Lesson 39:  Binomial Confidence Intervals

Consider a binomial distribution with parameters n and p.  We want to study confidence intervals and coverage.  Here is a way to simulate binomial data:

%let n=10;
%let p=.5;
%let sims=10;
data one;
do i=1 to &sims;
x=ranbin(0,&n,&p);   *parameters are seed, n, p;
output;
end;

proc print;
run;

The usual method of calculating a confidence interval is using the normal approximation.  This can perform poorly especially if p is not close to .5 and n is small.  The formula is phat plus or minus z alpha/2 times square root of phat times qhat over n.

Now, coverage means the proportion or percent of confidence intervals that actually contain or capture the true parameter (p).  So, ideally, if we have a 95% confidence interval, 95% of confidence intervals should contain the true parameter.  However, this may not be true, if the assumptions are not met or the approximation is poor.

In our simulation we will then calculate a 95% CI for each sample being simulated.

```%let n=10;
%let p=.5;
%let sims=10;
%let z=1.96;   *z-value for a 95% CI;
data one;
do i=1 to &sims;
x=ranbin(0,&n,&p);
phat=x/&n;
lb=phat-&z*sqrt(phat*(1-phat)/&n);  *upper and lower bounds of CI;
ub=phat+&z*sqrt(phat*(1-phat)/&n);
output;
end;```
```proc print;
run;```

To find coverage we need to keep track of how many times the CI includes the true mean.  Now, we could store the results of the simulation in a data set and then analyze it, but this is a simple question.  We can actually count the correct results as the data step runs.  We don't need to save all the results.

```data one(keep=cover coverage);
do i=1 to &sims;
x=ranbin(0,&n,&p);
phat=x/&n;
lb=phat-&z*sqrt(phat*(1-phat)/&n);
ub=phat+&z*sqrt(phat*(1-phat)/&n);
if &p>lb and &p<ub then cover+1;  *count up the intervals that cover;
coverage=cover/&sims;    *remove the output statement, only need the final result;
end;```

Run this with p=.5 and n=10 with 1000 or 10,000 simulations.  I got a coverage of 89%.  This means we do not have a 95% CI, but only an 89% CI in this situation.  Now try increasing the sample size (n) to 20.  I got 95.7%.  So with larger sample sizes we are getting better coverage.  Increasing the sample size beyond that doesn't seem to improve it.  Now try setting p to .1.  It seems in this case you need a sample of at least 100 to get close to 95% coverage.

However, that is not the whole story.  There are other problems with these confidence intervals.  Look at this sample of 10 confidence intervals produced with a p of .1 and an n of 20.  Notice that one interval is 0 to 0 so it automatically misses.  But most of the examples have negative numbers.  This does not make sense, because 0<p<1.  If p=.9, you might get the same phenomenon at the other end, with values greater than 1.  Some people just solve this problem by setting the lower bound to 0 or the upper bound to 1.  It is still somewhat unsatisfactory.

``` -0.031481 0.23148
0.000000 0.00000
-0.006493 0.30649
-0.006493 0.30649
0.024692 0.37531
-0.031481 0.23148
-0.045519 0.14552
-0.031481 0.23148
-0.006493 0.30649
-0.031481 0.23148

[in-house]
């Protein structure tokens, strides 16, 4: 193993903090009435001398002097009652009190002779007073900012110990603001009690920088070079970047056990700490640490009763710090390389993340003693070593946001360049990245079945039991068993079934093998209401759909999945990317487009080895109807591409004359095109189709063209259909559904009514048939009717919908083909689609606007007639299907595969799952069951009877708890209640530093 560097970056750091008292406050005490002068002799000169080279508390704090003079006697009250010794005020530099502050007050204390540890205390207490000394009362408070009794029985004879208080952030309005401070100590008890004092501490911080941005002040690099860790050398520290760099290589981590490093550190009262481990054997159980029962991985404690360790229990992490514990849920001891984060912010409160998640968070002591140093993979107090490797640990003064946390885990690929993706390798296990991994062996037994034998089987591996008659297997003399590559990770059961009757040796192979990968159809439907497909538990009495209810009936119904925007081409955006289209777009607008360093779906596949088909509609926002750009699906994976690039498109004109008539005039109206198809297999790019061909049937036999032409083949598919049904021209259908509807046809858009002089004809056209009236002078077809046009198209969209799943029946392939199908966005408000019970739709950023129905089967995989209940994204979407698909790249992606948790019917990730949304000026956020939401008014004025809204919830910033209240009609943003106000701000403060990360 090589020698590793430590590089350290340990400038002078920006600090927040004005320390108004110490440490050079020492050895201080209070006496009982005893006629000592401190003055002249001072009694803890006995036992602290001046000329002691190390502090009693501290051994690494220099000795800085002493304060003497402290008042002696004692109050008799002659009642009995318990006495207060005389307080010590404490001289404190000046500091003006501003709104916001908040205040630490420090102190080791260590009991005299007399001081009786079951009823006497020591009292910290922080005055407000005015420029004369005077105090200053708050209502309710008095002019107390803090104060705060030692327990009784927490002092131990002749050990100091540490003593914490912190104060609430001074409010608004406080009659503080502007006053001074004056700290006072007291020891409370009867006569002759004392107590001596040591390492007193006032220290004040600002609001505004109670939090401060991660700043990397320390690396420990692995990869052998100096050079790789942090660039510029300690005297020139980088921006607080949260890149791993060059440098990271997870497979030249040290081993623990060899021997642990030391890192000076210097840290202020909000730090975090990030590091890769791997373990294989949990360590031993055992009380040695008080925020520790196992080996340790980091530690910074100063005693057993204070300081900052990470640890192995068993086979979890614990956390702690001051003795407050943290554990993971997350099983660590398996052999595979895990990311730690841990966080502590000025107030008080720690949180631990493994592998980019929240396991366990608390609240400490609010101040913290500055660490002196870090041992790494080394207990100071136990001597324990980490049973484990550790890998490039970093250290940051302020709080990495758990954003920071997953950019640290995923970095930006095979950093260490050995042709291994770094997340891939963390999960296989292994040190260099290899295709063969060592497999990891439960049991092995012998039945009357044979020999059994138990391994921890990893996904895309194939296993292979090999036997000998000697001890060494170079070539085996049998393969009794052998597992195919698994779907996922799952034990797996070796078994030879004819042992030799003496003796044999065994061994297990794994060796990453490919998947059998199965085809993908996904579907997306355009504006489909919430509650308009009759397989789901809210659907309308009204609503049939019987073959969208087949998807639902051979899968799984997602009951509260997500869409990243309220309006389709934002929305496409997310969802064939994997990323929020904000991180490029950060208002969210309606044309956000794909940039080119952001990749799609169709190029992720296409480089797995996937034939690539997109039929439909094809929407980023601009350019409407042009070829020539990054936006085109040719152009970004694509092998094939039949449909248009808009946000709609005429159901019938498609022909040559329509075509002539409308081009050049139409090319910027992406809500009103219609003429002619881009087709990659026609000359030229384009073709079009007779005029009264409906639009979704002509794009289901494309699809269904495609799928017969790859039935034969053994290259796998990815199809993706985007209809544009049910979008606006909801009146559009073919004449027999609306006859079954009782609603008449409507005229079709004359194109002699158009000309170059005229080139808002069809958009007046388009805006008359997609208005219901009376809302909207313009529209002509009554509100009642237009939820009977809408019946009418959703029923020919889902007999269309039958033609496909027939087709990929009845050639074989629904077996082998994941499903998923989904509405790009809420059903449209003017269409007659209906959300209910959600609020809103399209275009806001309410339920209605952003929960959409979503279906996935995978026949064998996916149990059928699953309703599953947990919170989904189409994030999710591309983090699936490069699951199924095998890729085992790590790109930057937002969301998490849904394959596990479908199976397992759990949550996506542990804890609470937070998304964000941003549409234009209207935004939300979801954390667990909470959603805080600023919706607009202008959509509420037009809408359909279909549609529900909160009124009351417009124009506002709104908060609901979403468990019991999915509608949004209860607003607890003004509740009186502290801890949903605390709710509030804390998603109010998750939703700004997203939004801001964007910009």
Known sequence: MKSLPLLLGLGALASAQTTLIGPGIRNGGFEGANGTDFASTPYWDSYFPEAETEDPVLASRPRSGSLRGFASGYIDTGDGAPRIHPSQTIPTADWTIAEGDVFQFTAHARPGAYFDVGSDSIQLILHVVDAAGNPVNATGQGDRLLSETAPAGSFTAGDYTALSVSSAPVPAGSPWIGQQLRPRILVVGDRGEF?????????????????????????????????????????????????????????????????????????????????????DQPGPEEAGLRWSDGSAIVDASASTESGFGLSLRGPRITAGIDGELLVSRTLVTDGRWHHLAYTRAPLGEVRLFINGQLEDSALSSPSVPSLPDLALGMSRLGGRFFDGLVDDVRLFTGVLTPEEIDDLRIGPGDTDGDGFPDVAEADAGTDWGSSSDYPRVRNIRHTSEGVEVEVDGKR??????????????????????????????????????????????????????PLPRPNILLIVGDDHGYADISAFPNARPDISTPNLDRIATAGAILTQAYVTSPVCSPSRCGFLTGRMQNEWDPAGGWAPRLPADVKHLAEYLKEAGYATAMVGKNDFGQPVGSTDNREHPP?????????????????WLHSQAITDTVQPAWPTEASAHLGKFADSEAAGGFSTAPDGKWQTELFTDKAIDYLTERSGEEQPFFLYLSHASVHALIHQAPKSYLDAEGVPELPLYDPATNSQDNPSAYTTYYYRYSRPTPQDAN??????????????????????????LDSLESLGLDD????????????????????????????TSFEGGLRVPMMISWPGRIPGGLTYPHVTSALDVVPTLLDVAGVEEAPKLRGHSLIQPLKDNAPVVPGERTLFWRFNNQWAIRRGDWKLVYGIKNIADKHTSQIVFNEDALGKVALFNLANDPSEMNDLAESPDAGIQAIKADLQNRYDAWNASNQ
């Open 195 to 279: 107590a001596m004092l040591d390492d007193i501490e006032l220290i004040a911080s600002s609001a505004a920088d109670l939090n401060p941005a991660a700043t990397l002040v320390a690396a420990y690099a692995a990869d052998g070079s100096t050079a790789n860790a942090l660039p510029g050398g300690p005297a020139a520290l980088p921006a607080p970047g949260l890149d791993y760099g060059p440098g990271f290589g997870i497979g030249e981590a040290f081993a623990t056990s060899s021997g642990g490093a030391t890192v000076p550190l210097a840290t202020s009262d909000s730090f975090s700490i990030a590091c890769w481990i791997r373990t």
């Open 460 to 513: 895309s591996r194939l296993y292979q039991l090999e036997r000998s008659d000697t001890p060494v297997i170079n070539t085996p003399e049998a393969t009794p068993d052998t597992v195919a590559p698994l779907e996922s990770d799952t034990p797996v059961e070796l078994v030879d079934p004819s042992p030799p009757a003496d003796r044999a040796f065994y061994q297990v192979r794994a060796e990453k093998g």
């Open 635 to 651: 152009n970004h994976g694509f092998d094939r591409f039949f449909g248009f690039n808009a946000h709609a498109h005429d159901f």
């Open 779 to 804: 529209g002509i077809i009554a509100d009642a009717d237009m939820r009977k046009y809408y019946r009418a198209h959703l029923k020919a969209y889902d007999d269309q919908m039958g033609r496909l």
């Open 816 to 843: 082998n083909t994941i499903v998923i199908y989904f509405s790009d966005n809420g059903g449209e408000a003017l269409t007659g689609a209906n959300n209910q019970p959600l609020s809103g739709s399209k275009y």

```

There is an alternate formula for the confidence interval (proposed by Cohen?).  The technique consists of adding two successes and two failures to the results.  In other words, the estimator is ptilde=(x+2)/(n+4).  We will add this formula to the program and compare the results.

```data one(keep=cover coverage covert coveraget);
do i=1 to &sims;
x=ranbin(0,&n,&p);
phat=x/&n;
lb=phat-&z*sqrt(phat*(1-phat)/&n);
ub=phat+&z*sqrt(phat*(1-phat)/&n);
if &p>lb and &p<ub then cover+1;
coverage=cover/&sims;
ptilde=(x+2)/(&n+1);
lbt=ptilde-&z*sqrt(ptilde*(1-ptilde)/(&n+4));
ubt=ptilde+&z*sqrt(ptilde*(1-ptilde)/(&n+4));
if &p>lbt and &p<ubt then covert+1;
coveraget=covert/&sims;
end;```

Here are the alternate confidence intervals for the same run as that above.  We didn't get any 0 to 0 intervals, and we only got one negative number.

```  0.03337 0.34758
-0.02220 0.21268
0.06769 0.40850
0.06769 0.40850
0.10498 0.46645
0.03337 0.34758
0.00286 0.28286
0.03337 0.34758
0.06769 0.40850
0.03337 0.34758
```
For n=10 and p=.1, the old method has a coverage of about 65%, while the new method has a coverage of about 92%. The new method gives about 95% with only n=20, as compared to n=100 for the old method..

Exercise:

Write a simulation to evaluate the "normal approximation" method of hypothesis testing for the p parameter of the binomial distribution.  The object is to check if the significance level is accurate.  That is, if you have alpha=.05 and the null hypothesis is true, do you reject 5% of the time?  Experiment with values of n and p and make some comments about how n and p affect the true significance level.  Important note:  Unlike the confidence interval, the standard deviation used in the hypothesis test is not based on the calculated p from the sample, but from the null hypothesis in the test.  The test statistic is phat/std, the null hypothesis will be rejected if the test statistic is outside the interval (-1.96,1.96) for alpha=.05.

Copyright reserved by Dr.  Dwight Galster, 2006.  Please request permission for reprints (other than for personal use) from dwight.galster@sdstate.edu  .  "SAS" is a registered trade name of SAS Institute, Cary North Carolina.  All other trade names mentioned are the property of their respective owners.  This document is a work in progress and comments are welcome.  Please send an email if you find it useful or if your site links to it.